A Kurdish militant group has claimed responsibility for a suicide car-bomb attack in the Turkish capital which killed 37 people.
In a statement posted on its website, the Kurdistan Freedom Falcons said the attack in Ankara was in “revenge” for Turkish military operations against Kurdish rebels.
The group said the attack was led by Seher Cagla Demir, code name Doga Jiyan, described as its first female suicide bomber.
“We claim the operation of 13 March, 2016 at 6:45pm in the heart of the Republic of Turkey,” the statement said.
The Turkey-based group is considered an offshoot of the Kurdistan Workers’ Party, or PKK, and has carried out several attacks in the past including one in Ankara in February that killed 29 people.
The name in the claim of responsibility corresponds with the findings of Turkey’s interior ministry, which on Tuesday had identified the suicide car bomber as a 24-year-old woman who became a Kurdish rebel in 2013 and had trained in Syria.
More than 200 people have died in five suicide bombings in Turkey since July that were blamed either on the Kurdish rebels or the Islamic State group.
Three of those bombings have targeted Ankara.
Turkey is facing a host of security threats including renewed fighting with Kurdish rebels in the south-east of the country.
Germany closed its embassy in Ankara, the German school in Ankara and the consulate in Istanbul, after authorities received a security warning on Wednesday night.
Foreign minister Frank-Walter Steinmeier told reporters in Berlin that there were “some very concrete indications that terrorist attacks were being prepared against our facilities in Turkey”.
He did not say how long the facilities would be closed.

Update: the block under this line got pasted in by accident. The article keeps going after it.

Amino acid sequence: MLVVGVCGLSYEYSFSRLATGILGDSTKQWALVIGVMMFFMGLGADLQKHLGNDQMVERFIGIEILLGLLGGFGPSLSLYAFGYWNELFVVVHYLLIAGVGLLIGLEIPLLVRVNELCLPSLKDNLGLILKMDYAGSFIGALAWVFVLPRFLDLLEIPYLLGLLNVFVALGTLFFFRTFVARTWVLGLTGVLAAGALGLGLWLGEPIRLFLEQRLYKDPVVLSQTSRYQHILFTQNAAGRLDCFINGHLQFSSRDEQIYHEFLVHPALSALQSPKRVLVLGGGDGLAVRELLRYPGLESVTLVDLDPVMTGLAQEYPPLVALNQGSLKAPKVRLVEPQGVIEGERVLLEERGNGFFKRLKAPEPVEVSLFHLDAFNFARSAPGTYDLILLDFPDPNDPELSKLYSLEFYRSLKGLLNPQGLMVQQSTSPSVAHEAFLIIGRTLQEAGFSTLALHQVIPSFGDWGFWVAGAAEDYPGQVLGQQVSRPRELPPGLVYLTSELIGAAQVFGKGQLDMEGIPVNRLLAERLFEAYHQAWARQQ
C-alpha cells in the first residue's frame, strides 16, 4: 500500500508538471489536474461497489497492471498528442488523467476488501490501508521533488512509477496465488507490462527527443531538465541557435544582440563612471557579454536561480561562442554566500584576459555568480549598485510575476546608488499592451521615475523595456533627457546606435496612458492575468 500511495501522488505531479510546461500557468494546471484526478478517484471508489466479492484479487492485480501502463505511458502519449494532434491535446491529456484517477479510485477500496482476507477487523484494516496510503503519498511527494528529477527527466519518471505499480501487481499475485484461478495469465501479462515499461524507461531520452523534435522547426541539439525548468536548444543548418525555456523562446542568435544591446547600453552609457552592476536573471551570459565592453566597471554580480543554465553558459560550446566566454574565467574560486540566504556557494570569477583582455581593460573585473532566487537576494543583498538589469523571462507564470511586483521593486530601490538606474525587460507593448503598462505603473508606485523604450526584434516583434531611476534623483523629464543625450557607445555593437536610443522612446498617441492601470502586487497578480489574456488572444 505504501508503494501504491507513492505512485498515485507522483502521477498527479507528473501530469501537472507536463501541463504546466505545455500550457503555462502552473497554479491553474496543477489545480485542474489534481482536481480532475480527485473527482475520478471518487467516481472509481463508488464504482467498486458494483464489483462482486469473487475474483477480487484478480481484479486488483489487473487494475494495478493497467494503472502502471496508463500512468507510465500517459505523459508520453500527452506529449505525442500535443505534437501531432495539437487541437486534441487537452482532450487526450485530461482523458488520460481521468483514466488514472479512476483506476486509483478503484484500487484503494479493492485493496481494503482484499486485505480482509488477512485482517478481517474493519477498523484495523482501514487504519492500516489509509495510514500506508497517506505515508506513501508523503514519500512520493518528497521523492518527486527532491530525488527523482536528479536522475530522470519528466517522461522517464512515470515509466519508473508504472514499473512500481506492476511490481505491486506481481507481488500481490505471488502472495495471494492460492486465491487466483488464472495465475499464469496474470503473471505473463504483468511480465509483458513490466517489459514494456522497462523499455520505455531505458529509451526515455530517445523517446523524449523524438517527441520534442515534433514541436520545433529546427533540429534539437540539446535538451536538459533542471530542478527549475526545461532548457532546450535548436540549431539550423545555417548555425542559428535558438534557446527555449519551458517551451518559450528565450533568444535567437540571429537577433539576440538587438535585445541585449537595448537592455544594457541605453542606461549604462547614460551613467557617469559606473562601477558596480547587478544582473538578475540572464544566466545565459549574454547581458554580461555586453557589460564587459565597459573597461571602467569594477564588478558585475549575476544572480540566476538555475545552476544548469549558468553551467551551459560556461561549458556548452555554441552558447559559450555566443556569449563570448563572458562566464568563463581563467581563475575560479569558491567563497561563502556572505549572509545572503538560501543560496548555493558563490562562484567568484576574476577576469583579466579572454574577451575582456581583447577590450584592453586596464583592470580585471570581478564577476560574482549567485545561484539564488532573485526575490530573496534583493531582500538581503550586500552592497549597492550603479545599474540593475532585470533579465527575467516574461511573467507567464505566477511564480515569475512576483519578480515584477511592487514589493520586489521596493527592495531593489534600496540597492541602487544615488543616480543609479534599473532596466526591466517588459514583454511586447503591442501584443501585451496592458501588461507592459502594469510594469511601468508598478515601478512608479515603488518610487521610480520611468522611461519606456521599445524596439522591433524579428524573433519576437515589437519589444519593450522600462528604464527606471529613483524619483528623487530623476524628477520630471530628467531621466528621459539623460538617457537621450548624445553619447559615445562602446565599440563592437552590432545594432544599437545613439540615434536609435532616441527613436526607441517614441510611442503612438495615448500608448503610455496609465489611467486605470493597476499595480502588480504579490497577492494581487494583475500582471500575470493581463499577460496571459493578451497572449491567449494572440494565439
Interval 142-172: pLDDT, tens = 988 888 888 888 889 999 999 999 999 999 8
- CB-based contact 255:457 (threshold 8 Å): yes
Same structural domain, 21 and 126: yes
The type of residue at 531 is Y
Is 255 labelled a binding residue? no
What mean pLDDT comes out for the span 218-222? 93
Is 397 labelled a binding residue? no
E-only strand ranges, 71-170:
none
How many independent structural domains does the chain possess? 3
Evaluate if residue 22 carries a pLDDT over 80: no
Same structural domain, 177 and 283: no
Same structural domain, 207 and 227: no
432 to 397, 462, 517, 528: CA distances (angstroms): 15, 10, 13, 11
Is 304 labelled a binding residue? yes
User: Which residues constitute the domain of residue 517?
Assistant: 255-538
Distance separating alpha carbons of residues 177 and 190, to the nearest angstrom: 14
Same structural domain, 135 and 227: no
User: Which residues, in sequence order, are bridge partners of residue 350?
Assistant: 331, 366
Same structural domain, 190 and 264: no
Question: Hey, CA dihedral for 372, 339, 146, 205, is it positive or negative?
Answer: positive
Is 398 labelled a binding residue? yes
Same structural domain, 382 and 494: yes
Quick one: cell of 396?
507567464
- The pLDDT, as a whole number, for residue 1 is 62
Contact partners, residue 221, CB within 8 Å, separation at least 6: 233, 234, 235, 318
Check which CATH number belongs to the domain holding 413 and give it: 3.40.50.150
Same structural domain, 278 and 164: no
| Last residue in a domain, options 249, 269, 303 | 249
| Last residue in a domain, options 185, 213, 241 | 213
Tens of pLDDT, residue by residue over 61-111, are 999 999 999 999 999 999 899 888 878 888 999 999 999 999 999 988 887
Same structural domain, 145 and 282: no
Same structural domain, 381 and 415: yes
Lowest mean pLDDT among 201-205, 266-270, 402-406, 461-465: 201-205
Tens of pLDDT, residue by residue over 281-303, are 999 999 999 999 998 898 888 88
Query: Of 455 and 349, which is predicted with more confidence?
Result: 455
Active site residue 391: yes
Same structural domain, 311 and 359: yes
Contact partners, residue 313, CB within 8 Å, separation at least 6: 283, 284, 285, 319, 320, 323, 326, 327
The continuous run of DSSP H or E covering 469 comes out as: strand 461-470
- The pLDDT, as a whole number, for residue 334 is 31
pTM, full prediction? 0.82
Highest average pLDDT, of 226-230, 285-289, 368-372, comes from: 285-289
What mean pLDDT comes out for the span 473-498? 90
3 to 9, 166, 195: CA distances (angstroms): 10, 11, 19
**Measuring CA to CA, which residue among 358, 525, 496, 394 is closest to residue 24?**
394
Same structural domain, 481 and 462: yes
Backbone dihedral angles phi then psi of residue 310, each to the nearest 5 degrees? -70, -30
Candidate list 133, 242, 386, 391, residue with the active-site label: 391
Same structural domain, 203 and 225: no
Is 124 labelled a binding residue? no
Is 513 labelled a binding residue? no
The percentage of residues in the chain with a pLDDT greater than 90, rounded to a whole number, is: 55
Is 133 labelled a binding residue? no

Germany, which has a large and long-standing ethnic Turkish population, has been a driving force behind a deal between the EU and Turkey to manage Europe’s migration crisis.
Germany contributed Tornado reconnaissance jets, tanker aircraft and a frigate to the Western coalition battling the so-called Islamic State group.
The Kurdistan Freedom Falcons, also known as TAK, warned that there would be further reprisals for any “hostile operations against the Kurdish people” or jailed PKK leader Abdullah Ocalan. It said deaths were an “inevitable consequence of war.”
Since August, Turkey has been carrying out military operations and imposing 24-hour curfews on flashpoint districts of the south-east, where militants advocating Kurdish autonomy have set up barricades, dug trenches and planted explosives to keep the authorities at bay.
The military operations have caused vast damage to urban infrastructure and raised concerns over possible human rights abuse and civilian casualties. Tens of thousands of people have also been displaced. The decades-long conflict between the Turkish state and Kurdish rebels has claimed 40,000 lives.
Meanwhile the correspondent for German magazine Der Spiegel in Turkey has left the country after waiting unsuccessfully for three months for his press ID to be renewed.
German news agency dpa reported that diplomats escorted Hasnain Kazim and his family to the airport to make sure he could leave the country safely.